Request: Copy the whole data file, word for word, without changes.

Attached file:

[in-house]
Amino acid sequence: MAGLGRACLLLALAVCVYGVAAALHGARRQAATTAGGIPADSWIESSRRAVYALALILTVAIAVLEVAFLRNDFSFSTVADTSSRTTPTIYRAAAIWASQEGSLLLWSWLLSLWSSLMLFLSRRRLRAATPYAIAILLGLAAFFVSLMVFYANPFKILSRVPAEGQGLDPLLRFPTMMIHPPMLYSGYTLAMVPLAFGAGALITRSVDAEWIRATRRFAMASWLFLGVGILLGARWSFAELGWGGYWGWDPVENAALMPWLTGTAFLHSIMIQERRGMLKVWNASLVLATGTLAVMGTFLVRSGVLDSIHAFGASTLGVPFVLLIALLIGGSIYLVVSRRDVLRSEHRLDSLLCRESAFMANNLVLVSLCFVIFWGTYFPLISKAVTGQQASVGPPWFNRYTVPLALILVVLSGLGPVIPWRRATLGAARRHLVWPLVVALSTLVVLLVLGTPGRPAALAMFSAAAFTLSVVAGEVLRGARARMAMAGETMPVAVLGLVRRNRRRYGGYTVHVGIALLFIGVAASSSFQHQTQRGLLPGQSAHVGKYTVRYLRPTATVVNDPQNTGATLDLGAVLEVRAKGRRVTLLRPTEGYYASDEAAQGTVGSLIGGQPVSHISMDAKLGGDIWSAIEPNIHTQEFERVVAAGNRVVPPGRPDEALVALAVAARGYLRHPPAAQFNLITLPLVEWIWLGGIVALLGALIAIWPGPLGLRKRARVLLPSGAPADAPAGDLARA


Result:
[in-house]
Amino acid sequence: MAGLGRACLLLALAVCVYGVAAALHGARRQAATTAGGIPADSWIESSRRAVYALALILTVAIAVLEVAFLRNDFSFSTVADTSSRTTPTIYRAAAIWASQEGSLLLWSWLLSLWSSLMLFLSRRRLRAATPYAIAILLGLAAFFVSLMVFYANPFKILSRVPAEGQGLDPLLRFPTMMIHPPMLYSGYTLAMVPLAFGAGALITRSVDAEWIRATRRFAMASWLFLGVGILLGARWSFAELGWGGYWGWDPVENAALMPWLTGTAFLHSIMIQERRGMLKVWNASLVLATGTLAVMGTFLVRSGVLDSIHAFGASTLGVPFVLLIALLIGGSIYLVVSRRDVLRSEHRLDSLLCRESAFMANNLVLVSLCFVIFWGTYFPLISKAVTGQQASVGPPWFNRYTVPLALILVVLSGLGPVIPWRRATLGAARRHLVWPLVVALSTLVVLLVLGTPGRPAALAMFSAAAFTLSVVAGEVLRGARARMAMAGETMPVAVLGLVRRNRRRYGGYTVHVGIALLFIGVAASSSFQHQTQRGLLPGQSAHVGKYTVRYLRPTATVVNDPQNTGATLDLGAVLEVRAKGRRVTLLRPTEGYYASDEAAQGTVGSLIGGQPVSHISMDAKLGGDIWSAIEPNIHTQEFERVVAAGNRVVPPGRPDEALVALAVAARGYLRHPPAAQFNLITLPLVEWIWLGGIVALLGALIAIWPGPLGLRKRARVLLPSGAPADAPAGDLARA